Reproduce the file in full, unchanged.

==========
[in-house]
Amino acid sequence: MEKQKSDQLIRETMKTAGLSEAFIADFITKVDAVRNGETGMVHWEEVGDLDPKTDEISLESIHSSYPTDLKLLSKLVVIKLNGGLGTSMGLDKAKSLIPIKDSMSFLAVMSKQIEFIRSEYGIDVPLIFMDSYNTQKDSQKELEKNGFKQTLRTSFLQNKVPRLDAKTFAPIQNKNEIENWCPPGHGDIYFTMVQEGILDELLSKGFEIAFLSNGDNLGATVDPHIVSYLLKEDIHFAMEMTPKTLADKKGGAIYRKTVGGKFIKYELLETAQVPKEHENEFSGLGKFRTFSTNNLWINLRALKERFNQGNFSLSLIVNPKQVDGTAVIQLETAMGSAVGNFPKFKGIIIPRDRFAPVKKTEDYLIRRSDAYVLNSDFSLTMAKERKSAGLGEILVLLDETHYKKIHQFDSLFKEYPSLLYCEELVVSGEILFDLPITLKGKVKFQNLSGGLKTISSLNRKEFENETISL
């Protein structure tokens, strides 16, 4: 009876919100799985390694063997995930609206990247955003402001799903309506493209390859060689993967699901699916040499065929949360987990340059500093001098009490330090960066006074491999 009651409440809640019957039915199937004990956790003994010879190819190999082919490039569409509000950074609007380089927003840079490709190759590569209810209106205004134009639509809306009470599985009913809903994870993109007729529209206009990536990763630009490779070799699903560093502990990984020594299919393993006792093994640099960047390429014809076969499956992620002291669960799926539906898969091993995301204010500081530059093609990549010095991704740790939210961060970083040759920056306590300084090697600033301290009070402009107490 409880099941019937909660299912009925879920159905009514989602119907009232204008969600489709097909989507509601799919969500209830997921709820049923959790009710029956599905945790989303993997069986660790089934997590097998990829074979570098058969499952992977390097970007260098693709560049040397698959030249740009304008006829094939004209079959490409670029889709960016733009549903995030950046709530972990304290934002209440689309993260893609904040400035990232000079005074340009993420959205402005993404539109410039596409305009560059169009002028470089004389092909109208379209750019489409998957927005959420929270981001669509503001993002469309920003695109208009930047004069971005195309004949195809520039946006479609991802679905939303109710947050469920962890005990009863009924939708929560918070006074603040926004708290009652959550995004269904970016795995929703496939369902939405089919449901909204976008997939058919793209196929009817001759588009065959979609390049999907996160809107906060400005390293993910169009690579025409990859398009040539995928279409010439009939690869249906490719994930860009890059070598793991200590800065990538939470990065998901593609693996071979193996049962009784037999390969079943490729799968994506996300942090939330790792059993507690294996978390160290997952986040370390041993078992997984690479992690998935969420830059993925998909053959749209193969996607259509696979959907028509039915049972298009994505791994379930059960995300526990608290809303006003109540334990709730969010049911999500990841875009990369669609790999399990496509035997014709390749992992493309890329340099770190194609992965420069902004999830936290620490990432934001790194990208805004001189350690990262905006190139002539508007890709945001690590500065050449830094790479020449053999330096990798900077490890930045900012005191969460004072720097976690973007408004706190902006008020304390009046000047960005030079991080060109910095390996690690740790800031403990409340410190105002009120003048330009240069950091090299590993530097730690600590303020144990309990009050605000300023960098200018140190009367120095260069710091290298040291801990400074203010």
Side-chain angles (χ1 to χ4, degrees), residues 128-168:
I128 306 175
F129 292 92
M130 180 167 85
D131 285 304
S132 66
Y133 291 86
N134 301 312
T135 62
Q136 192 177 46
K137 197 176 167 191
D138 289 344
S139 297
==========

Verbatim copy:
[in-house]
Amino acid sequence: MEKQKSDQLIRETMKTAGLSEAFIADFITKVDAVRNGETGMVHWEEVGDLDPKTDEISLESIHSSYPTDLKLLSKLVVIKLNGGLGTSMGLDKAKSLIPIKDSMSFLAVMSKQIEFIRSEYGIDVPLIFMDSYNTQKDSQKELEKNGFKQTLRTSFLQNKVPRLDAKTFAPIQNKNEIENWCPPGHGDIYFTMVQEGILDELLSKGFEIAFLSNGDNLGATVDPHIVSYLLKEDIHFAMEMTPKTLADKKGGAIYRKTVGGKFIKYELLETAQVPKEHENEFSGLGKFRTFSTNNLWINLRALKERFNQGNFSLSLIVNPKQVDGTAVIQLETAMGSAVGNFPKFKGIIIPRDRFAPVKKTEDYLIRRSDAYVLNSDFSLTMAKERKSAGLGEILVLLDETHYKKIHQFDSLFKEYPSLLYCEELVVSGEILFDLPITLKGKVKFQNLSGGLKTISSLNRKEFENETISL
């Protein structure tokens, strides 16, 4: 009876919100799985390694063997995930609206990247955003402001799903309506493209390859060689993967699901699916040499065929949360987990340059500093001098009490330090960066006074491999 009651409440809640019957039915199937004990956790003994010879190819190999082919490039569409509000950074609007380089927003840079490709190759590569209810209106205004134009639509809306009470599985009913809903994870993109007729529209206009990536990763630009490779070799699903560093502990990984020594299919393993006792093994640099960047390429014809076969499956992620002291669960799926539906898969091993995301204010500081530059093609990549010095991704740790939210961060970083040759920056306590300084090697600033301290009070402009107490 409880099941019937909660299912009925879920159905009514989602119907009232204008969600489709097909989507509601799919969500209830997921709820049923959790009710029956599905945790989303993997069986660790089934997590097998990829074979570098058969499952992977390097970007260098693709560049040397698959030249740009304008006829094939004209079959490409670029889709960016733009549903995030950046709530972990304290934002209440689309993260893609904040400035990232000079005074340009993420959205402005993404539109410039596409305009560059169009002028470089004389092909109208379209750019489409998957927005959420929270981001669509503001993002469309920003695109208009930047004069971005195309004949195809520039946006479609991802679905939303109710947050469920962890005990009863009924939708929560918070006074603040926004708290009652959550995004269904970016795995929703496939369902939405089919449901909204976008997939058919793209196929009817001759588009065959979609390049999907996160809107906060400005390293993910169009690579025409990859398009040539995928279409010439009939690869249906490719994930860009890059070598793991200590800065990538939470990065998901593609693996071979193996049962009784037999390969079943490729799968994506996300942090939330790792059993507690294996978390160290997952986040370390041993078992997984690479992690998935969420830059993925998909053959749209193969996607259509696979959907028509039915049972298009994505791994379930059960995300526990608290809303006003109540334990709730969010049911999500990841875009990369669609790999399990496509035997014709390749992992493309890329340099770190194609992965420069902004999830936290620490990432934001790194990208805004001189350690990262905006190139002539508007890709945001690590500065050449830094790479020449053999330096990798900077490890930045900012005191969460004072720097976690973007408004706190902006008020304390009046000047960005030079991080060109910095390996690690740790800031403990409340410190105002009120003048330009240069950091090299590993530097730690600590303020144990309990009050605000300023960098200018140190009367120095260069710091290298040291801990400074203010």
Side-chain angles (χ1 to χ4, degrees), residues 128-168:
I128 306 175
F129 292 92
M130 180 167 85
D131 285 304
S132 66
Y133 291 86
N134 301 312
T135 62
Q136 192 177 46
K137 197 176 167 191
D138 289 344
S139 297